#WritingWednesday - Resilience with Ada Limón

I have been reflecting quite a bit about resiliency. A thought that I am sitting with is that resiliency requires one to face their mortality, their fallibility, in order to cope with each difficulty encountered. I even struggle to come up with the right words regarding how one deals with difficulties. Some are survived, some are confronted, some are passed through. Resilience looks different depending on the person, their resources, and situation. Sometimes resilience is trying to maintain stasis - or finding a new reality.

A cycling accident four weeks ago started me on this line of thought. A subarachnoid hemorrhage and fractures of my temporal bone and clavicle and a lot can change at once. After my head hit the pavement, I spent 45 minutes with my eyes open and talking, but I have no memory of doing so. Suddenly, my brain came back online, my husband was over me, talking to me and checking my bones for fractures, I was sobbing. Had I not been wearing a helmet, I would be dead. As things go, my healing has been remarkably quick, but this experience put me in touch with my frailty and fallibility 

We can imagine the way we will behave when things go wrong. We can wonder how our loved ones will react. I can honestly say I know the answer to those questions. Such an experience brought out surprising moments of kindness and understanding in others. Learning to slow down, heal, and accept others' generosity has been my lesson - and I have failed quite a few times. Initially, I was in shock. I had to give my nervous system a while to calm down. I also tried to skip the healing process and go right to rehabilitation, but bones heal on their own terms. 

I have neither patience nor grace naturally, I have to practice them, and it has been a challenge not being able to charge my way through these challenges. Survival doesn't always mean developing empathy. In fact, sometimes it makes a person more rigid and judgemental ("I survived X and I still fulfilled my commitments. What is your excuse?")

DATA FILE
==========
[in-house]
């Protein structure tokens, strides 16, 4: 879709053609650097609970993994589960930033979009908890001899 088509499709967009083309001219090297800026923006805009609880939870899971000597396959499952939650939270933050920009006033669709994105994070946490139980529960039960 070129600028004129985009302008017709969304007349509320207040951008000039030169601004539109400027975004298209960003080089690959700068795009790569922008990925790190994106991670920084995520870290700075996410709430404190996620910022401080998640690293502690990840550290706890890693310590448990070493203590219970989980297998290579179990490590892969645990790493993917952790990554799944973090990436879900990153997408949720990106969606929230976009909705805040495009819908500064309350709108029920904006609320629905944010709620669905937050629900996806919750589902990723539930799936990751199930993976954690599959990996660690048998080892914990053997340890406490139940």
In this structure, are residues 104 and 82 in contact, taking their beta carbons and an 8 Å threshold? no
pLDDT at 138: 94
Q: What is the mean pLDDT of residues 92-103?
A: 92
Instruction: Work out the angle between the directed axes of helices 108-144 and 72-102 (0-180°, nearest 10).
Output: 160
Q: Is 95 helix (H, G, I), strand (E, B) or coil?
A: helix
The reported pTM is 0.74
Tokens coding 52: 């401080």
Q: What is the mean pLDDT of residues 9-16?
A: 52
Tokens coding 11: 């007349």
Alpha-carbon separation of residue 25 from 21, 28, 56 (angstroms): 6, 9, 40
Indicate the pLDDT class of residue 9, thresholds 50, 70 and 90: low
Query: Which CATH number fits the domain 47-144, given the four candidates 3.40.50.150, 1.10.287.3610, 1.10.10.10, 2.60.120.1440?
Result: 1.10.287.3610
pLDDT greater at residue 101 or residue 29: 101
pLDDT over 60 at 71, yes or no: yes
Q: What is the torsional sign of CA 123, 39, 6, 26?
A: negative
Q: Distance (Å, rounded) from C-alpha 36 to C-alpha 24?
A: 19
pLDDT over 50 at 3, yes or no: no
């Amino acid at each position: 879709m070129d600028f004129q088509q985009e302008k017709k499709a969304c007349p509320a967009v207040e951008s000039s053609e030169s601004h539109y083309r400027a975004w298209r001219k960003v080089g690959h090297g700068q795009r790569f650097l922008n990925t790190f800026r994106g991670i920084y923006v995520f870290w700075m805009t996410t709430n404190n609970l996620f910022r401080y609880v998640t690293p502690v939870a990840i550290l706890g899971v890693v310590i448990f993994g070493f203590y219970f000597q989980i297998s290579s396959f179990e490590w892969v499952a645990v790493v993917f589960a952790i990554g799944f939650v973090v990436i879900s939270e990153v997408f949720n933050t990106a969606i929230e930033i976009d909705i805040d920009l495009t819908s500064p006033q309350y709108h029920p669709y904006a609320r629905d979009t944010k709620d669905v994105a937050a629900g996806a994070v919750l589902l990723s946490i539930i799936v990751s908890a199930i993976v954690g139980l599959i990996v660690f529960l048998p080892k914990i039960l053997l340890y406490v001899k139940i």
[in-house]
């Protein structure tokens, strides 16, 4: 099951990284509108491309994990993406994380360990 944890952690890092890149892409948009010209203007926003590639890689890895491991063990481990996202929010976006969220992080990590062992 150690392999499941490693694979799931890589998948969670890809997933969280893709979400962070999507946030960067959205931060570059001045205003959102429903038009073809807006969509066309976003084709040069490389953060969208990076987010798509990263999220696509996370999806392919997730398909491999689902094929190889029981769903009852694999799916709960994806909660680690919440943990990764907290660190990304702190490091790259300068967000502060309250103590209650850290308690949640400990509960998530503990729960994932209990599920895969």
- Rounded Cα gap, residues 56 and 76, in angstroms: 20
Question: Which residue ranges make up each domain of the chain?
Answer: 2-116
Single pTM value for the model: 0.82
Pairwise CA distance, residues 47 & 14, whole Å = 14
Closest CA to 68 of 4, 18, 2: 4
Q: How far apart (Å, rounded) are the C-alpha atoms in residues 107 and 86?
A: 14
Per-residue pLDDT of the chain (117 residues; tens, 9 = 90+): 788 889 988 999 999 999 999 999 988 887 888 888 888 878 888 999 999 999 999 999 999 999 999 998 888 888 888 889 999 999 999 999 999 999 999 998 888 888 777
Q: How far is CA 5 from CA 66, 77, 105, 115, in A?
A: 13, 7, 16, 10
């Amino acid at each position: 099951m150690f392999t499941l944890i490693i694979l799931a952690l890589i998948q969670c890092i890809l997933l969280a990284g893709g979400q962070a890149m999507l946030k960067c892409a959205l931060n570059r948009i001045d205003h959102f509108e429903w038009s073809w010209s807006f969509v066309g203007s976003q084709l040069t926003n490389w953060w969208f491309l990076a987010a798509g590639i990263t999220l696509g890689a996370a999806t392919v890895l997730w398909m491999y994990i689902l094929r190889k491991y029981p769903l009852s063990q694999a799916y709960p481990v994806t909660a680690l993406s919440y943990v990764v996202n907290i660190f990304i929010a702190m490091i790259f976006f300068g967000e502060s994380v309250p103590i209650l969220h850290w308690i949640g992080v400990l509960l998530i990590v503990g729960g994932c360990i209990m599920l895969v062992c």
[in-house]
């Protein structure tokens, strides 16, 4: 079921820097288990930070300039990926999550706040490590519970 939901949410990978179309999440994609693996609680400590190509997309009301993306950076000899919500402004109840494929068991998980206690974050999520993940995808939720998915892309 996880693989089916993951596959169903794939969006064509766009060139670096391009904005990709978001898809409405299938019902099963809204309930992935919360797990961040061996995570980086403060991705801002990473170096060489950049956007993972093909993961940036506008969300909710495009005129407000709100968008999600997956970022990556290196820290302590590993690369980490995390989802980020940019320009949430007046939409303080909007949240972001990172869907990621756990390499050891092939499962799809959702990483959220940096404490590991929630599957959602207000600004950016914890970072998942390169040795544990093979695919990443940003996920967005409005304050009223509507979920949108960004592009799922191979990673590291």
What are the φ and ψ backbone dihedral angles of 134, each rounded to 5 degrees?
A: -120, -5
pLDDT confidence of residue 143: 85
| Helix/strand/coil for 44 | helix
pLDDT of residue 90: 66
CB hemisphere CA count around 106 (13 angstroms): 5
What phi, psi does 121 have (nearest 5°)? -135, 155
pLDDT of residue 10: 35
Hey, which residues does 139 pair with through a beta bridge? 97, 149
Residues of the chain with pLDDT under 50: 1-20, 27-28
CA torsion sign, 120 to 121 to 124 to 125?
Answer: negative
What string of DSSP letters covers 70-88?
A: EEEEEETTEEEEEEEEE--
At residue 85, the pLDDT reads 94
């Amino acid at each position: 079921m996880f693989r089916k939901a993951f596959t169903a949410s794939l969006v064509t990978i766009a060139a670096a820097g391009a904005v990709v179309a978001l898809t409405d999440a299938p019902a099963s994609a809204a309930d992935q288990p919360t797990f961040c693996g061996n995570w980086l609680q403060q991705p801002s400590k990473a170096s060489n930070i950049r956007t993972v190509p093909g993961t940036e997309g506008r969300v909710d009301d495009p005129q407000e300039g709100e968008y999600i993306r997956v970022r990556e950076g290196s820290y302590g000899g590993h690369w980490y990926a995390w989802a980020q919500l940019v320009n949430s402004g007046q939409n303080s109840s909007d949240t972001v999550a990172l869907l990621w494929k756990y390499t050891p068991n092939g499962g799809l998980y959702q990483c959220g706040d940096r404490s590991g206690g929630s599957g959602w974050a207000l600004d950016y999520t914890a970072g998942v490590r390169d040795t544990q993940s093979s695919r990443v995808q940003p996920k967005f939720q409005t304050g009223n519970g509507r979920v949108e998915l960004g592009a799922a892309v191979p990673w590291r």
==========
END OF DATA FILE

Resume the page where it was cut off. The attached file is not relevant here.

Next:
I went to Point Roberts to visit my Godfather and his wife. They are telling me how in the face of an aging population and limited resources, the community bands together to care for each other. Humans evolved because they grew together not in spite of it. Sometimes having to band together means we can come out better. As a defiantly independent person, asking for help doesn't come easily 

In a way, we are all heliographs. What we reflect at others can be our choice, and sends a powerful message to others.


Instructions on Not Giving Up - Ada Limón


More than the fuchsia funnels breaking out
of the crabapple tree, more than the neighbor’s
almost obscene display of cherry limbs shoving
their cotton candy-colored blossoms to the slate
sky of Spring rains, it’s the greening of the trees
that really gets to me. When all the shock of white
and taffy, the world’s baubles and trinkets, leave
the pavement strewn with the confetti of aftermath,
the leaves come. Patient, plodding, a green skin
growing over whatever winter did to us, a return
to the strange idea of continuous living despite
the mess of us, the hurt, the empty. Fine then,
I’ll take it, the tree seems to say, a new slick leaf
unfurling like a fist to an open palm, I’ll take it all.

How to Triumph Like a Girl - Ada Limón


I like the lady horses best,
how they make it all look easy,
like running 40 miles per hour
is as fun as taking a nap, or grass.
I like their lady horse swagger,
after winning. Ears up, girls, ears up!
But mainly, let’s be honest, I like
that they’re ladies. As if this big
dangerous animal is also a part of me,
that somewhere inside the delicate
skin of my body, there pumps
an 8-pound female horse heart,
giant with power, heavy with blood.
Don’t you want to believe it?
Don’t you want to lift my shirt and see
the huge beating genius machine
that thinks, no, it knows,
it’s going to come in first.


Further Reading

Ada Limón on Poets.org

Recognized for her passion, knowledge, and support of her clients’ individual journeys toward their best selves, Frances Mulinix brings over 20 years of experience in coaching, voice, movement, writing, and performance to support her clients in breaking down blocks and reaching achievements they had previously not thought possible. Transform your relationship toyour mind, body, and voice, bringing new confidence and creativity to your life.